Riding in the backseat, Tenoch takes notice and looks off towards the town, momentarily slipping out of character and actually becoming a complex teenager with real anxieties, communicating thoughts that are beautifully and poetically juxtaposed to his adolescent assuredness and braggadocio. It never occurred to Tenoch that he would ever visit Tepelmeme, the hometown of his nanny Leodegaria (Leo). Tenoch recalls how he used to call Leo mam? until he was four years old.
What is sublime about this scene is how it takes place in an ephemeral moment when Tenoch is staring out the car window, with his mind occupied with his private sense of self. For a brief moment we are allowed inside the anxiety-ridden mind of a male Mexican youth who is flailing through his adolescence struggling to make sense of the conflict between his individual desires and the desires of a culture that works incessantly to constrain and channel those individual desires towards socially productive ends, i.e. to reproduce Mexican society.
Filmmaker Cuar?n accomplishes this brilliantly through a formal technique of suppressing the soundtrack and inserting a male objective voice-over at different unforeseen moments throughout the film. This teen road movie is interrupted consistently with this voice-over. The narrator functions as the fourth protagonist, commenting on the personal and family histories of the three travelers, and also at times narrating events and histories outside the purview of this rambunctious story of sex -- however brief it may be for these teens and Luisa -- pot smoking, and the search for truth in the form of a perfect beach named Heaven?s Mouth.
And it is through this narration that the road movie is transformed to a larger more humane story about the blindness of Mexican society through a theme of adolescent struggles for an unattainable truth, all the while involved in a subtle yet persistent self-deception.
In the aforementioned scene the narrator articulates Tenoch?s awareness of his conflicted relationship with his nanny/mommy Leo by exposing the melancholic profundity of calling one?s nanny "mam?" until one is four years old, and then managing to ?forget? that fundamental relationship. And then the narrator adds that Tenoch will not share any of this with his road companions.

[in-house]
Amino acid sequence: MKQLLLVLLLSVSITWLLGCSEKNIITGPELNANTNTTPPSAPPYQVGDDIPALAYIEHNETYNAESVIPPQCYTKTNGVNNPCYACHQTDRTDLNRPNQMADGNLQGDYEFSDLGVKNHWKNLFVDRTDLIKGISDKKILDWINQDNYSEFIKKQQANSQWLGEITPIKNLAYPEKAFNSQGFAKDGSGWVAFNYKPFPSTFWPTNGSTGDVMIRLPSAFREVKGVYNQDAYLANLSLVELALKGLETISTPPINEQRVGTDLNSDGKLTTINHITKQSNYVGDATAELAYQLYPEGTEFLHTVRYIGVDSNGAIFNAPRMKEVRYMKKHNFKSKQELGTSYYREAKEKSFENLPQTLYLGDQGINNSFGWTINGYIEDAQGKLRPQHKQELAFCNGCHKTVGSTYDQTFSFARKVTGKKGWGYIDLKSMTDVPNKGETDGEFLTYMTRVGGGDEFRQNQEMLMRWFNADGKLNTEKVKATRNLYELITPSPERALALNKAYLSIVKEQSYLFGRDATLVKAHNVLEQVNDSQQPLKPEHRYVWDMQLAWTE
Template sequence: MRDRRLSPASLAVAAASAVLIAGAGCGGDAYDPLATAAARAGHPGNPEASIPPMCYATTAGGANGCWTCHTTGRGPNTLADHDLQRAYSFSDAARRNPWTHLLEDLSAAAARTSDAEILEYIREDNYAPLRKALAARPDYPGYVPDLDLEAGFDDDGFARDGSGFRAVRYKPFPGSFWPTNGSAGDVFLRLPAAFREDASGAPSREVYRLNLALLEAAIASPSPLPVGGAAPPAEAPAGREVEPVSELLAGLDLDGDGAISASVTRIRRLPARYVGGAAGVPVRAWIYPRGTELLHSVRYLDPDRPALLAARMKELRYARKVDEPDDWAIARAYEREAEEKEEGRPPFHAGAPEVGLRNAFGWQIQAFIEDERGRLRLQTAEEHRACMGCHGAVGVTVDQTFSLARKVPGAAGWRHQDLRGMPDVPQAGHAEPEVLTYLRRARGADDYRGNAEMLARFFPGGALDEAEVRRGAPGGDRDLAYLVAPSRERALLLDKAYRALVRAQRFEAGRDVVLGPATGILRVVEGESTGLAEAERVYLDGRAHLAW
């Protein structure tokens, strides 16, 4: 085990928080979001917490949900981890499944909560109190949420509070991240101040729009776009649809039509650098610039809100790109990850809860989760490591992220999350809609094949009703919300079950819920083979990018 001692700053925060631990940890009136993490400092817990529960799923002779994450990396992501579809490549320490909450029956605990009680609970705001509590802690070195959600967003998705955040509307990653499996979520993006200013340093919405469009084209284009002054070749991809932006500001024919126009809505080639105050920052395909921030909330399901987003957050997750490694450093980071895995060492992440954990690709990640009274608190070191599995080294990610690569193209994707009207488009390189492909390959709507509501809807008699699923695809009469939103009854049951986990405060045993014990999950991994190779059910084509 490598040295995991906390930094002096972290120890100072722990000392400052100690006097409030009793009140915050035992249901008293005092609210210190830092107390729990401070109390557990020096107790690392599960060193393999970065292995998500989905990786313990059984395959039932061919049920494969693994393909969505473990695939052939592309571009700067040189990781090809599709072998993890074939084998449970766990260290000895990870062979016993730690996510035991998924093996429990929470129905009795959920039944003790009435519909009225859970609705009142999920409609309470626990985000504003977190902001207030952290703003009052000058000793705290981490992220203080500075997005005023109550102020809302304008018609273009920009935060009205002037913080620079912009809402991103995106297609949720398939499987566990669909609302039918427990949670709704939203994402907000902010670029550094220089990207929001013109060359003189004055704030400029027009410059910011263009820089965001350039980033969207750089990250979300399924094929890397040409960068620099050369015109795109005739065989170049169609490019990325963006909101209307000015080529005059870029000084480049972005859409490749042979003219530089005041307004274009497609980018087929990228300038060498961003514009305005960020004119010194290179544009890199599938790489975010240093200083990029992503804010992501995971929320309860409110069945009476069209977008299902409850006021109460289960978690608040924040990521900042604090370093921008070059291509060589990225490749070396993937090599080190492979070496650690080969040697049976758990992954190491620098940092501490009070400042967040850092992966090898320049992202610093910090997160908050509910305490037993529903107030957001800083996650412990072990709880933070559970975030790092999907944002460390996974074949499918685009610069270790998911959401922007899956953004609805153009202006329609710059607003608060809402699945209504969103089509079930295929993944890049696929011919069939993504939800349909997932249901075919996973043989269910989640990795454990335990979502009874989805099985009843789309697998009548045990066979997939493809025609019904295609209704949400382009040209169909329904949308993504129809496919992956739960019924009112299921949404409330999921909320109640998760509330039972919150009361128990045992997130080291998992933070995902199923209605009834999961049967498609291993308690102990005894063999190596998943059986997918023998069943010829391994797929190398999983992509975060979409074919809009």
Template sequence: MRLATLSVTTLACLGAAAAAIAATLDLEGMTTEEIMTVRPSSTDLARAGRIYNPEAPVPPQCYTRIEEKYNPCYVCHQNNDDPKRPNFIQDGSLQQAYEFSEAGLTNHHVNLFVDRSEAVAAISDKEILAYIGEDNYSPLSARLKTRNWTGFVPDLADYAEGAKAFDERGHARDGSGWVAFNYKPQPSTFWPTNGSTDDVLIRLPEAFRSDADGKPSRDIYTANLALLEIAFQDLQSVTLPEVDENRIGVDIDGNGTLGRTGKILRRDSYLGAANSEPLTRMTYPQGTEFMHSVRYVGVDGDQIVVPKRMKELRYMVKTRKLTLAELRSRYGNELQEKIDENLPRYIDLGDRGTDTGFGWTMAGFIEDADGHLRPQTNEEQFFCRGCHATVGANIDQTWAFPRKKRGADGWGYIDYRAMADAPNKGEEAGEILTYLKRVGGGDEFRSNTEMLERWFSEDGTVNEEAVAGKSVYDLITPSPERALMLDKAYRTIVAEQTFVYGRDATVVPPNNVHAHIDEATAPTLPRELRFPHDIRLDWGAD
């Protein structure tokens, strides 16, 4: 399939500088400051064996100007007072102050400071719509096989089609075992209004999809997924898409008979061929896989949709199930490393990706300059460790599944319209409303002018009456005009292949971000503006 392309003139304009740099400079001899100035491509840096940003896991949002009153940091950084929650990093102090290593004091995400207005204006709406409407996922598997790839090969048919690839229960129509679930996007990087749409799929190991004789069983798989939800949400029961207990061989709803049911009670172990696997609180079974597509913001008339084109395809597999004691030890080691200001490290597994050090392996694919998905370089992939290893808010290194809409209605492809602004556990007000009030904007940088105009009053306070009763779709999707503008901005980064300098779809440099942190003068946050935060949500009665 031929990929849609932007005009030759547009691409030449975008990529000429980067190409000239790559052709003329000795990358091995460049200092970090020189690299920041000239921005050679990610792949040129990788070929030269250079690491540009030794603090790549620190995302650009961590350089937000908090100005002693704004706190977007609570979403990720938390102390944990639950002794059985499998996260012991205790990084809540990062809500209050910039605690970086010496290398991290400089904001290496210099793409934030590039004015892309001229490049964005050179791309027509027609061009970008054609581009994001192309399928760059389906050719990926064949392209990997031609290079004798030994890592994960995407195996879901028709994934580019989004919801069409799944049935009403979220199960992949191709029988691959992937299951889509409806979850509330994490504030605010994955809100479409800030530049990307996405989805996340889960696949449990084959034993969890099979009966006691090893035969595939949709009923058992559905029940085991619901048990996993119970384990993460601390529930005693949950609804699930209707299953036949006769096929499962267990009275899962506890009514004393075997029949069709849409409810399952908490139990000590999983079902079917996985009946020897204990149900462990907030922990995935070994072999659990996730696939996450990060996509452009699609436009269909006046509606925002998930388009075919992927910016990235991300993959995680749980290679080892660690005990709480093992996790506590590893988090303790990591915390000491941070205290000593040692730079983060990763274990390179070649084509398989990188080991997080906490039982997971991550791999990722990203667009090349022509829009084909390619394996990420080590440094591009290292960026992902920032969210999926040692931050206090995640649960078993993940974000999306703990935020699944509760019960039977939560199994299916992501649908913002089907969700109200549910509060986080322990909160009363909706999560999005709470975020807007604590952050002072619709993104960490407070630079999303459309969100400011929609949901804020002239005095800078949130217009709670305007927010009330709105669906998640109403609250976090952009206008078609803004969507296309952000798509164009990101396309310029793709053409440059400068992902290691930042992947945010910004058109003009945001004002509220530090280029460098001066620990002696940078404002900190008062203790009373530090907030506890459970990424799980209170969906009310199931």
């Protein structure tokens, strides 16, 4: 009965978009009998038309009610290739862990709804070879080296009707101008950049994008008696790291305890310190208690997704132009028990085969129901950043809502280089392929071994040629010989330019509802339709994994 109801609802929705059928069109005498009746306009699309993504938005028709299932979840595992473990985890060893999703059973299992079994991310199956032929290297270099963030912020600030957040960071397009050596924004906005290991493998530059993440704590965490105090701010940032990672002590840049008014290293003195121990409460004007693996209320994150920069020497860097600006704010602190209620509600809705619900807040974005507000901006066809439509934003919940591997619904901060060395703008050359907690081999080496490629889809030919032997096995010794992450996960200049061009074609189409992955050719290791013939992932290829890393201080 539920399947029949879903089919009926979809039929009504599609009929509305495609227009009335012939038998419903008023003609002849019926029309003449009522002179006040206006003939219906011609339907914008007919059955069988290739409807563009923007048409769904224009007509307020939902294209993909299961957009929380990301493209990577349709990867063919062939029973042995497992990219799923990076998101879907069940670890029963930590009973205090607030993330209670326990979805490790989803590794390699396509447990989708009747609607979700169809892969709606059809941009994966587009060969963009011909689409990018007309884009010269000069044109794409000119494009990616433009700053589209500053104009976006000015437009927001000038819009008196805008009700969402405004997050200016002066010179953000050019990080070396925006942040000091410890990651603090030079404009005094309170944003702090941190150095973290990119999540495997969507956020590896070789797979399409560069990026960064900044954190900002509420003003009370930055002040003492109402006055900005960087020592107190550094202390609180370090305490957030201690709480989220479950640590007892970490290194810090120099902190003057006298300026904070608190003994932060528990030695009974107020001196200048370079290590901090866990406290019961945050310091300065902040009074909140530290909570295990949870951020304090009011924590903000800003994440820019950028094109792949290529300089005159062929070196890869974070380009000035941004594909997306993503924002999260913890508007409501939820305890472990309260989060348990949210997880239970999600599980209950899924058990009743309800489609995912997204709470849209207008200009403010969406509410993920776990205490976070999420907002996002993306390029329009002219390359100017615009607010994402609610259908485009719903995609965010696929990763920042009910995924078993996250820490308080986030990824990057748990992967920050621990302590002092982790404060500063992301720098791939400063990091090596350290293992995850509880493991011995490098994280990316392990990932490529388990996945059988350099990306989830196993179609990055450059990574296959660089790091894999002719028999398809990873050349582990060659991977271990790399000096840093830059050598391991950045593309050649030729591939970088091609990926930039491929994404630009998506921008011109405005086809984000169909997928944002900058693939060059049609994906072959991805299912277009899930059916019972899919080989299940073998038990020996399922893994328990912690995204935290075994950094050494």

In narrating this absence through this willful forgetting, this startling Mexican film unveils a subtle and persistent critique of both insipid (American) teen movies and of the rigid class structure of Mexican society and the inequities and blindness that it engenders.
But it does it fleetingly and unobtrusively.
The film mainly trades on the vulgarities between Tenoch and Julio in the resoundingly urbane poetics of chilango cal? -- Mexico City Slang -- and their relationship with the beautiful Luisa. This is the basic premise of this Mexican road movie.
The two youths have invented a beach called Heaven?s Mouth, in a moment of lust and blindness, while previously conversing with Luisa at a wedding. Jano?s confession of infidelity to Luisa is the catalyst that?s sets the story literally in motion.
Towards the end of the film Luisa tells the two youths that Mexico is full of life. Julio and Tenoch, drunk on mescal, shout out in a toast, ?To Mexico, magical, musical.?
In their wonderfully blinded insight, they are right, but the Mexico she is talking about is the Mexico these boys cannot see. Not yet anyway.
Ernesto S. Martinez:
Ernesto S. Mart?nez is a Ph.D. candidate at UCLA